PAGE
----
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My Decade of Mistakes and Recoveries – Season 1 Episode 8

The only superpower I know I have is to make more mistakes than the average dentist. All successes and recoveries after those mistakes happened as a direct result of the analysis of those mistakes and the redoubling of efforts to make those mistakes right moving forward. The purpose of this episode is to save all of you years of frustrations and give you the shortcuts I have learned without you having to suffer through the sequelae of my mistakes. You get a head start on your success by stealing takeaways from my misguided labor so you can reach the top of the mountain much faster than I.

In this Episode You Will Learn:

  • All the mistakes I made after trying to convert my general practice to a Cosmetic Advanced Services practice and how you can avoid the pitfalls to create your own niche practice
  • The details of the letter I sent to a group of patient that lost 98% of that pool of patients and what I learned that can help any practice retain their patients and close the back door.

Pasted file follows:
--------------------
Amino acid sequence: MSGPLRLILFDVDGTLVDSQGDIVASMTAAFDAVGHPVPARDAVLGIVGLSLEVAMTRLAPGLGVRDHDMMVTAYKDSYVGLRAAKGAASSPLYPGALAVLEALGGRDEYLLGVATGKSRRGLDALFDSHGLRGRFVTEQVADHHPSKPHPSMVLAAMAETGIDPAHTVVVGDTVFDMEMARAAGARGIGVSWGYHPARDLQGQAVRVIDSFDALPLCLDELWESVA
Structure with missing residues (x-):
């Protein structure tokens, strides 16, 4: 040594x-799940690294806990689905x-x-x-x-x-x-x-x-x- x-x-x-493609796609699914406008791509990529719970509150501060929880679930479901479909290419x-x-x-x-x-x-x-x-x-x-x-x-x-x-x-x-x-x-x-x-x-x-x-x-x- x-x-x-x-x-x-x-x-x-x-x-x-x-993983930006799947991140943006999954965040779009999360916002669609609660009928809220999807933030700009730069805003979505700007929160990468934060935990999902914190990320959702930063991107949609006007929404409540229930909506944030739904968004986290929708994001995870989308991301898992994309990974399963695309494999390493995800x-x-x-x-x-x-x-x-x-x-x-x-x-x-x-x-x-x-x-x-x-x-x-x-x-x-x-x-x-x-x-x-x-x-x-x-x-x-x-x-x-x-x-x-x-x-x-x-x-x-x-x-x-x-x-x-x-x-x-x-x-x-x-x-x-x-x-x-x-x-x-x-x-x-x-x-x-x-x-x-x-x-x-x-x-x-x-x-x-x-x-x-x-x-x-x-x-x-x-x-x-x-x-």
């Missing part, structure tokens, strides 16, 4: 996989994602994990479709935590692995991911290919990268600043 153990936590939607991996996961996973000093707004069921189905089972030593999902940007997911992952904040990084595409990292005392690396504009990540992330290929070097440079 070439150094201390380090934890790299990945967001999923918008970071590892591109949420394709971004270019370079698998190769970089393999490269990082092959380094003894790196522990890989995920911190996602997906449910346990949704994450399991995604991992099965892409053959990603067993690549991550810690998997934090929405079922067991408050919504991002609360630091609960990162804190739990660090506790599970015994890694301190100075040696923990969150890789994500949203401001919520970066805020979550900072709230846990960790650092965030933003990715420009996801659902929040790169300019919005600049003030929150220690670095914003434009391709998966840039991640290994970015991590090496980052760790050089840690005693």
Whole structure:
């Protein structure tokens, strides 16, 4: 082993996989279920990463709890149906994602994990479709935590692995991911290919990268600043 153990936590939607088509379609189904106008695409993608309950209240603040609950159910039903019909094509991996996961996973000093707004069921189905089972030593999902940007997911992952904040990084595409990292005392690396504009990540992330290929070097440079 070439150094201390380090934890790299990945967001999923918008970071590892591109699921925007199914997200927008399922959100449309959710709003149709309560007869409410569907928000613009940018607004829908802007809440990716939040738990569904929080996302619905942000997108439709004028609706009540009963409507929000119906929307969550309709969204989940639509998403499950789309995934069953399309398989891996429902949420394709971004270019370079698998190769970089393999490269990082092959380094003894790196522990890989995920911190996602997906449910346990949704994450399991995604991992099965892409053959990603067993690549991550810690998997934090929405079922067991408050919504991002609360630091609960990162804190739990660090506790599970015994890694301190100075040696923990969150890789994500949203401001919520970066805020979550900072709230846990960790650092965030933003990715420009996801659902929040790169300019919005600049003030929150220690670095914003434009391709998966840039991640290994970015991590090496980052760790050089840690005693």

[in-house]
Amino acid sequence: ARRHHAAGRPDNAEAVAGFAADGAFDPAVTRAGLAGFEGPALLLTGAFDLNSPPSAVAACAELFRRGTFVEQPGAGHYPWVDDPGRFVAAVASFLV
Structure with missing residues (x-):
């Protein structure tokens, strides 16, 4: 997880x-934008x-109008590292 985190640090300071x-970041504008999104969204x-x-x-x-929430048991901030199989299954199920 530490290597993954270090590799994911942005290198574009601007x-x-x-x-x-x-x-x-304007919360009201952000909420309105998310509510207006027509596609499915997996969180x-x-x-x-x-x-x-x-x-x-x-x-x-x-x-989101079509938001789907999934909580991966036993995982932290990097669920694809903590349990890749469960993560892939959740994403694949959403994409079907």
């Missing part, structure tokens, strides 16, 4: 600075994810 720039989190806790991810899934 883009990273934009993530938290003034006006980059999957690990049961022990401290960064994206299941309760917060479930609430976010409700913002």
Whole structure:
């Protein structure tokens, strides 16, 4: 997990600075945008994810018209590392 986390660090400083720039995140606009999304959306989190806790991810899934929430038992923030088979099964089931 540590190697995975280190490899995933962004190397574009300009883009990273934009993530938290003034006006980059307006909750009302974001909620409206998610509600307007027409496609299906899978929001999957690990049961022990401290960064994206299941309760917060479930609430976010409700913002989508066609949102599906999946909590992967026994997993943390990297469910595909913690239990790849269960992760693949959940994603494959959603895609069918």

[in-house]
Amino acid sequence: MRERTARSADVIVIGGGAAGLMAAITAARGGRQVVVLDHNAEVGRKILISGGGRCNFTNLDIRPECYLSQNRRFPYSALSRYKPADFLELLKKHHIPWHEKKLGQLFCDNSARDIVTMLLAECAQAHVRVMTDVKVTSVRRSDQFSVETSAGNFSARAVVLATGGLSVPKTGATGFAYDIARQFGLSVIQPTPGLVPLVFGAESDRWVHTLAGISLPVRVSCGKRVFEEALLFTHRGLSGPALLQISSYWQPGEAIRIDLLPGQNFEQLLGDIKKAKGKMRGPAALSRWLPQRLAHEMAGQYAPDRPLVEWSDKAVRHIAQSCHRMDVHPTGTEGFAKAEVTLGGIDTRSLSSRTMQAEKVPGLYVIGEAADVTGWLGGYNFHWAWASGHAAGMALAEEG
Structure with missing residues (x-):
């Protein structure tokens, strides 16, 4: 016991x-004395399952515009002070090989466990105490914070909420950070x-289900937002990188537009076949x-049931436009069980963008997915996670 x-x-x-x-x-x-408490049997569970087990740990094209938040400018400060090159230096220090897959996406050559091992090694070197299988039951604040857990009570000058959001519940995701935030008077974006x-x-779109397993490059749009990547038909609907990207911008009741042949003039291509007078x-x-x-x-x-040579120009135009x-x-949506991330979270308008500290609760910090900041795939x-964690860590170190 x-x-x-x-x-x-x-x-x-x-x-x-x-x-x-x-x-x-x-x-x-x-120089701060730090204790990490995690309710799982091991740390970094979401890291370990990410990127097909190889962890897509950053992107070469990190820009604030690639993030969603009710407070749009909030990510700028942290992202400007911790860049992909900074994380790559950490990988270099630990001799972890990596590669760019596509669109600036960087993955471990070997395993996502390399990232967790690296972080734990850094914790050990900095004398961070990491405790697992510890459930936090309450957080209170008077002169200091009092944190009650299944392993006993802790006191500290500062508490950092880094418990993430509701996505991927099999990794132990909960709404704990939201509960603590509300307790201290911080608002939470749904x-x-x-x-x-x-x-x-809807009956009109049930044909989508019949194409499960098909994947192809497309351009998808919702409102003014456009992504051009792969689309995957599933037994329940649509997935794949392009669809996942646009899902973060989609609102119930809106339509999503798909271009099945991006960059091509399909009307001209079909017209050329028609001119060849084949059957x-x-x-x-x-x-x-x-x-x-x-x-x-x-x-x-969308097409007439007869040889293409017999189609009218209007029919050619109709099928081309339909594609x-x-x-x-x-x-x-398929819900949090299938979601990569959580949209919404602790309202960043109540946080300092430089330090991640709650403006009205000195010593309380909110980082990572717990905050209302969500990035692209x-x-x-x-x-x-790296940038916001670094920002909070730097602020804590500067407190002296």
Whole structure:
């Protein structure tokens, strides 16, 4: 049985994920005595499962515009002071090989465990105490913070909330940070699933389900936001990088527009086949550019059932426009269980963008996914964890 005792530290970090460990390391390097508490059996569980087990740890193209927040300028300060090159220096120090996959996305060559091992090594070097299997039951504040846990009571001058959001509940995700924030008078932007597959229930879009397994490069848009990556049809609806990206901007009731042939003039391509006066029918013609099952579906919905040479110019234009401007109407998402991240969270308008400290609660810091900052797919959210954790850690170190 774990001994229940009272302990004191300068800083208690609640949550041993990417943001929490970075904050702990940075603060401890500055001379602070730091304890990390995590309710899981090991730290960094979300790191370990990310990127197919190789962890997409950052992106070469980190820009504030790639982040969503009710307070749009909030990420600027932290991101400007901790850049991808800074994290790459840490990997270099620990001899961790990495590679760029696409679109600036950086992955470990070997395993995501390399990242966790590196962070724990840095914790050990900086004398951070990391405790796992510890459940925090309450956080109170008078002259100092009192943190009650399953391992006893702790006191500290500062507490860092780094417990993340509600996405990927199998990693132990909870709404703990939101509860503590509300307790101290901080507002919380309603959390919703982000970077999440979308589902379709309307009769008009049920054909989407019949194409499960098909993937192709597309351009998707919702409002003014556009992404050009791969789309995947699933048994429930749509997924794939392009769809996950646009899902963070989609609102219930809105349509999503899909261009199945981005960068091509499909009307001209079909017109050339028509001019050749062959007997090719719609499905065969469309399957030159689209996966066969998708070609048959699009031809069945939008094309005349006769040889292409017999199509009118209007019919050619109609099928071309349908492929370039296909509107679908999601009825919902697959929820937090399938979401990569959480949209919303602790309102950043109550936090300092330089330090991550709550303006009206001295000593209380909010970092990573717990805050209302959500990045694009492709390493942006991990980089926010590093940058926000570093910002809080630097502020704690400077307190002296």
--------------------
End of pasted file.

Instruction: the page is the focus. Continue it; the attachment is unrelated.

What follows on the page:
• The worst way to try to boost your hygiene department.  (Hint:  Your hygienists and you will think it is a good idea at first.  Don’t be fooled)  Plus, the right way to build a rock-solid hygiene foundation.
  • The number 1 way to look like a wimp to your staff and how to look like the leader they need instead.

And Much, Much More…


Read Full Transcript

The Dr. Chris Griffin Show – Season 1 Episode 8

“If at first you don’t succeed, try, try again.” Now who said that?

Welcome to the Dr. Chris Griffin Show. Your resource for leveraging systems and technology to easier workload, increase productivity and provide you with the time off you deserve to live the life of your dreams. It’s time to practice productivity in the passionate pursuit of a better life with your host, Dr. Chris Griffin. The doctor is in.